It seems to be a common misconception with managers that they cannot have consequences for their employees for things that happen outside of work. I have heard that all too often. I even had a friend who thought he couldn’t fire his employee who showed up for work drunk because he was drinking off the clock on his lunch break?????!!!!

    1. The Man, Becky Lynch*

      That’s absolute nonsense and your friend shouldn’t be managing others if he’s that disconnected, if he’s running his own show, he needs to get someone to teach him some more about employment law. This could be a danger to him, personally as a manager of people, he’s held to a higher standard and the law expects him to know things like what a danger it is to allow drunken employees to be in the office.

      He wouldn’t have been fired because he was his off-time-clock drinking, he should be fired for showing up intoxicated. That’s written out clearly in even the most rickety handbooks I’ve seen. It’s why we can drug test employees and use the test results against them!

  29. Anoncorporate*

    WHAT. You can’t blame alcohol for coworkers behavior in #1. He’s just terrible, and so is the boss!

  30. Maya Elena*

    For #5, you can say directly that “we are not allowed visitors” – “sorry that’s policy”.
    If he’s attractive, you can go out for coffee with him, but make it clear it’s in a personal capacity. :p

    1. Close Bracket*

      LW can go out for coffee in a professional capacity regardless of whether the freelancer is attractive. I see the tongue in cheek, but I think this particular joke is a bit uncalled for. Leveraging freelancers for one’s personal life is unprofessional, and hitting on people at their workplace is inappropriate.

  31. Fake Old Converse Shoes (not in the US)*

    Anyone else having difficulties with Inc’s website? It starts loading and then I get a blank page

    1. tangerineRose*

      I think Jamie should get all the photos he can of the coworker behaving badly and put them up somewhere that the coworker has to look at it – shame the coworker.

      1. The Man, Becky Lynch*

        People who act like the coworker did have no shame. It may however provoke them to do even more awful things.

  32. Noah*

    I disagree 1000% on talking to yourself. Just like co-worker prefers not to hear somebody talk to themselves, I work better if I can talk to myself. When I didn’t have an office, I always told anyone who complained (it only happened a couple of times, and both times by obnoxiously loud people who were regularly asked by others to quiet down at work) that it helped me do my job well and that I would be as quiet as possible (then I was as quiet as possible). For the most part, this seemed to work for everybody.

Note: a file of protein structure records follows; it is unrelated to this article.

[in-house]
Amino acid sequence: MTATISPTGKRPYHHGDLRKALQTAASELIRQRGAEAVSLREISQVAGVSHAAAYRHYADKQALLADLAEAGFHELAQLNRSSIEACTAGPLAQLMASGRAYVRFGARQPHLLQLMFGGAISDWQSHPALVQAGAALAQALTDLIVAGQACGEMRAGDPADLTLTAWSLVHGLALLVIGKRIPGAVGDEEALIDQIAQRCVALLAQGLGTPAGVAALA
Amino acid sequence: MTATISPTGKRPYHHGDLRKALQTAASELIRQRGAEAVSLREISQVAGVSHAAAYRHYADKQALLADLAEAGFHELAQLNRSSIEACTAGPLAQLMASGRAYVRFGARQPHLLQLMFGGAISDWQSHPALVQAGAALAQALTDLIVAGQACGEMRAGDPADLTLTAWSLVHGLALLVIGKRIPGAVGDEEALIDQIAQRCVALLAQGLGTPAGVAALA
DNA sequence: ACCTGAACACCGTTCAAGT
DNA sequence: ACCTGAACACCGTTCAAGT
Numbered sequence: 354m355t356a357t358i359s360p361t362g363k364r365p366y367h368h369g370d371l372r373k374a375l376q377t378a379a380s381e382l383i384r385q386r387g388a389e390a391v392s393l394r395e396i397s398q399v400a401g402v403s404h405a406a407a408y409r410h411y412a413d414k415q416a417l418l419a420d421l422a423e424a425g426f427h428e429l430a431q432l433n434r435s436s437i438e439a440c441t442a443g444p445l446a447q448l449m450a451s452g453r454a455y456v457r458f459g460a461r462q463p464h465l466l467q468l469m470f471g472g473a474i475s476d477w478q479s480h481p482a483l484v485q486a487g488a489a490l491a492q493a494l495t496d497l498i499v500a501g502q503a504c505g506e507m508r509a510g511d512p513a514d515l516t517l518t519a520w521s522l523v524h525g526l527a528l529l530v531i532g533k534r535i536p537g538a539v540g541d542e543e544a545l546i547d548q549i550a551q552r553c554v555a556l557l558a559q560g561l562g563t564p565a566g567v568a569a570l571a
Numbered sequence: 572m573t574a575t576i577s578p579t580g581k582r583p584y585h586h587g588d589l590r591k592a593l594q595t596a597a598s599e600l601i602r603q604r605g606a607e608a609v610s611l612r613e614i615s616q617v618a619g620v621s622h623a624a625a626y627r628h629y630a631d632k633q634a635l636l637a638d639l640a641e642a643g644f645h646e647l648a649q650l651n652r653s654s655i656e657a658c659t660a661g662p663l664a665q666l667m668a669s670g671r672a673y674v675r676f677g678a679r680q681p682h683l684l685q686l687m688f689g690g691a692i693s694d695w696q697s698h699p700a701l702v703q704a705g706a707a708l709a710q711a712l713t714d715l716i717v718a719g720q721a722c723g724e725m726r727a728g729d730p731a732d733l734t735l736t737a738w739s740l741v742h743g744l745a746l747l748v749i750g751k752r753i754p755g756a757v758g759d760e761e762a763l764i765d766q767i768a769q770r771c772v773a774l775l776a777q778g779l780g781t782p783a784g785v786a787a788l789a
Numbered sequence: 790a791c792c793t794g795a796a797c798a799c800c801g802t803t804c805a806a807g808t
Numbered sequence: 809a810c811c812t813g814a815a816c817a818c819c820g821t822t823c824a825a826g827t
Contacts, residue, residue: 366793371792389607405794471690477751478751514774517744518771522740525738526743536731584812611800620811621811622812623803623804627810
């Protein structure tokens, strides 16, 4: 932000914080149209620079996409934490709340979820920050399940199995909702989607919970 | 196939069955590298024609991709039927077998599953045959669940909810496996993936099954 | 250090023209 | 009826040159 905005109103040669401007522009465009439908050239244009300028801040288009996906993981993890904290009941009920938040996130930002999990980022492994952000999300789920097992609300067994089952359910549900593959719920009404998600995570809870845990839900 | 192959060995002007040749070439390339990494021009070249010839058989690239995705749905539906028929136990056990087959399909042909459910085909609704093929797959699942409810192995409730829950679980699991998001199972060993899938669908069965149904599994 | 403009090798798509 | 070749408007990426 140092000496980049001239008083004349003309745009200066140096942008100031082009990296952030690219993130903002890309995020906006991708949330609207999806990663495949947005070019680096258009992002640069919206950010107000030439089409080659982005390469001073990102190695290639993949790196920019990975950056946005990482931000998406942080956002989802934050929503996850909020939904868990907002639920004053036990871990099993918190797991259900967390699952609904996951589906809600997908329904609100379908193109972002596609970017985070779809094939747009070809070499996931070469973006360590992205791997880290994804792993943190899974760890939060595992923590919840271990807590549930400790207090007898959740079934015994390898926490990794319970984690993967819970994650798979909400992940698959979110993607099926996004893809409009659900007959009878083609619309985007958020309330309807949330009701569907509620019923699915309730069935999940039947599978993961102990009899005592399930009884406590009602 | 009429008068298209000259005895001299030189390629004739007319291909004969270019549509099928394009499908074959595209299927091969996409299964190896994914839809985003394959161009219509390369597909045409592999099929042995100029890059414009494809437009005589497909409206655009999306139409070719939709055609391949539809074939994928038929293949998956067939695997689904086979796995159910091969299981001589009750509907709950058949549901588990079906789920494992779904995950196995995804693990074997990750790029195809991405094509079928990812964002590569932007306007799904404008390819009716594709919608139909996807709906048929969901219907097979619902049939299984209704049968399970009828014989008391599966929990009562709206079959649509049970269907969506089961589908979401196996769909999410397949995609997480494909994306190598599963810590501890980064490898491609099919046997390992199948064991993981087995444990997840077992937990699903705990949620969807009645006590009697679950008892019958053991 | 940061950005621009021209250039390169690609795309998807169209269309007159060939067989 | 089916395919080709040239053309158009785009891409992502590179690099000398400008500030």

Unless it’s a quiet office, expecting self-talkers to stop is unreasonable.

    1. Close Bracket*

      Oh, I disagree with that. Self-talking of this sort is a behavior that can be modified so it doesn’t bother others. I just went from working at home to working in an office. At home, saying things out loud is form of organizing my thoughts and swearing out loud is a way of letting off steam. I’m switching to writing things to organize my thoughts and muttering my profanity (and toning it down) instead of shouting it (you hear a lot of muttered and sometimes not muttered profanity around here, so I’m fitting in with the norm). If I were the type to read out loud, I would mouth the words without actually verbalizing them. There are lots of ways to change, and I don’t think it’s unreasonable at all.

  33. Noah*

    Re #4: just tell her how much your condo cost. It’s soooo easy to look that info up now, and it is a far more interesting conversation than your salad, so it should forestall a lot of other $$$ conversations.

  34. Tiara Wearing Princess*

    It’s not too late to press charges and OP should strongly suggest it. There is ample evidence, numerous witnesses and DNA on the dress!

    I cannot imagine how the bride and groom felt about this asshat ruining their wedding. And the dress! The wedding dress! Omg.

    This jackass needs to be fired and OP should revisit this with his superiors. People are getting fired, losing college admissions over Facebook posts. This guy assaulted a coworker. The fact that it was not on the premises is irrelevant.

    The bosses are making a huge mistake. The groom has every right to be afraid of this jerk. I hope he presses charges.

  35. Tiara Wearing Princess*

    Someone stated this was an old post from 2015. Was there ever an update?

  36. Quake Johnson*

    Oh…I am just so sad for Jamie and his wife. This was supposed to be the best day of their lives, and he ruined it. They’ll always look back on it with these terrible memories.

    The boss’s answer to this is absolutely unacceptable. Maybe having one employee press criminal charges against the other would wake him up.

    On that note, what would happen if Jamie filed a restraining order against Drunken Boor? I know nothing about how they work, just wondering if that’s at all a feasible solution.

  37. CountryLass*

    I’d be pressing charges now. If your spineless bosses wont take action to show this idiot the consequences of his actions, then inform the police of the assault by the colleague and his girlfriend.

    OP, please pass on my wishes to Jamie and his new wife for their future together, and my hopes that the trouble at the start of their marriage will be balanced by some good fortune during it! Even if that is a new job with a higher salary/better balance!

Comments are closed.